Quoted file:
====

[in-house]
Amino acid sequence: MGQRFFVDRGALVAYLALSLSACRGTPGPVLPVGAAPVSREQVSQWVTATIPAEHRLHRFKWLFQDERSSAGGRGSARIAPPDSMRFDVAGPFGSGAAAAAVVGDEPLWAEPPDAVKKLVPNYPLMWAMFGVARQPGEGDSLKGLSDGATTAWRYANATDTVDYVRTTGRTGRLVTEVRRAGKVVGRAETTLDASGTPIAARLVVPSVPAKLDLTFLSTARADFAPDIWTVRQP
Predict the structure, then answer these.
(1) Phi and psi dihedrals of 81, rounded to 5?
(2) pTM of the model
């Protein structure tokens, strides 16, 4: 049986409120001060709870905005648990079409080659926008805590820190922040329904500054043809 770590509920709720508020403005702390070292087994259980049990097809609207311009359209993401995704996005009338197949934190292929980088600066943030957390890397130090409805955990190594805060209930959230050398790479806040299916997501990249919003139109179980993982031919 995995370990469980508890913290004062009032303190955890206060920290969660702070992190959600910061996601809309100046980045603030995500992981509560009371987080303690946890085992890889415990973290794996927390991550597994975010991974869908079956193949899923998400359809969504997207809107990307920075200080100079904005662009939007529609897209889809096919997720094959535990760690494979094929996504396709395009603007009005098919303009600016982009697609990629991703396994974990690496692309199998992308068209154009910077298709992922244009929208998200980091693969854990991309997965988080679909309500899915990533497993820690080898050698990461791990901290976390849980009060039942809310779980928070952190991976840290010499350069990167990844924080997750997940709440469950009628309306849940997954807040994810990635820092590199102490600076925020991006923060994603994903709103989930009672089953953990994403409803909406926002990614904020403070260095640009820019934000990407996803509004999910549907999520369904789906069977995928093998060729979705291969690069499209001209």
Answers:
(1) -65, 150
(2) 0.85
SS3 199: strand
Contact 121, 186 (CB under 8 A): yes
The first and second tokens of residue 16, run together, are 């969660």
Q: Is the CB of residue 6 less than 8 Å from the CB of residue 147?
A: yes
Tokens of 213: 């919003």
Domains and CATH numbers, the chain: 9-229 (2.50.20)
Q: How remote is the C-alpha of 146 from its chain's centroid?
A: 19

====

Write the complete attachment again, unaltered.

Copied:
[in-house]
Amino acid sequence: MGQRFFVDRGALVAYLALSLSACRGTPGPVLPVGAAPVSREQVSQWVTATIPAEHRLHRFKWLFQDERSSAGGRGSARIAPPDSMRFDVAGPFGSGAAAAAVVGDEPLWAEPPDAVKKLVPNYPLMWAMFGVARQPGEGDSLKGLSDGATTAWRYANATDTVDYVRTTGRTGRLVTEVRRAGKVVGRAETTLDASGTPIAARLVVPSVPAKLDLTFLSTARADFAPDIWTVRQP
Predict the structure, then answer these.
(1) Phi and psi dihedrals of 81, rounded to 5?
(2) pTM of the model
């Protein structure tokens, strides 16, 4: 049986409120001060709870905005648990079409080659926008805590820190922040329904500054043809 770590509920709720508020403005702390070292087994259980049990097809609207311009359209993401995704996005009338197949934190292929980088600066943030957390890397130090409805955990190594805060209930959230050398790479806040299916997501990249919003139109179980993982031919 995995370990469980508890913290004062009032303190955890206060920290969660702070992190959600910061996601809309100046980045603030995500992981509560009371987080303690946890085992890889415990973290794996927390991550597994975010991974869908079956193949899923998400359809969504997207809107990307920075200080100079904005662009939007529609897209889809096919997720094959535990760690494979094929996504396709395009603007009005098919303009600016982009697609990629991703396994974990690496692309199998992308068209154009910077298709992922244009929208998200980091693969854990991309997965988080679909309500899915990533497993820690080898050698990461791990901290976390849980009060039942809310779980928070952190991976840290010499350069990167990844924080997750997940709440469950009628309306849940997954807040994810990635820092590199102490600076925020991006923060994603994903709103989930009672089953953990994403409803909406926002990614904020403070260095640009820019934000990407996803509004999910549907999520369904789906069977995928093998060729979705291969690069499209001209």
Answers:
(1) -65, 150
(2) 0.85
SS3 199: strand
Contact 121, 186 (CB under 8 A): yes
The first and second tokens of residue 16, run together, are 């969660």
Q: Is the CB of residue 6 less than 8 Å from the CB of residue 147?
A: yes
Tokens of 213: 């919003």
Domains and CATH numbers, the chain: 9-229 (2.50.20)
Q: How remote is the C-alpha of 146 from its chain's centroid?
A: 19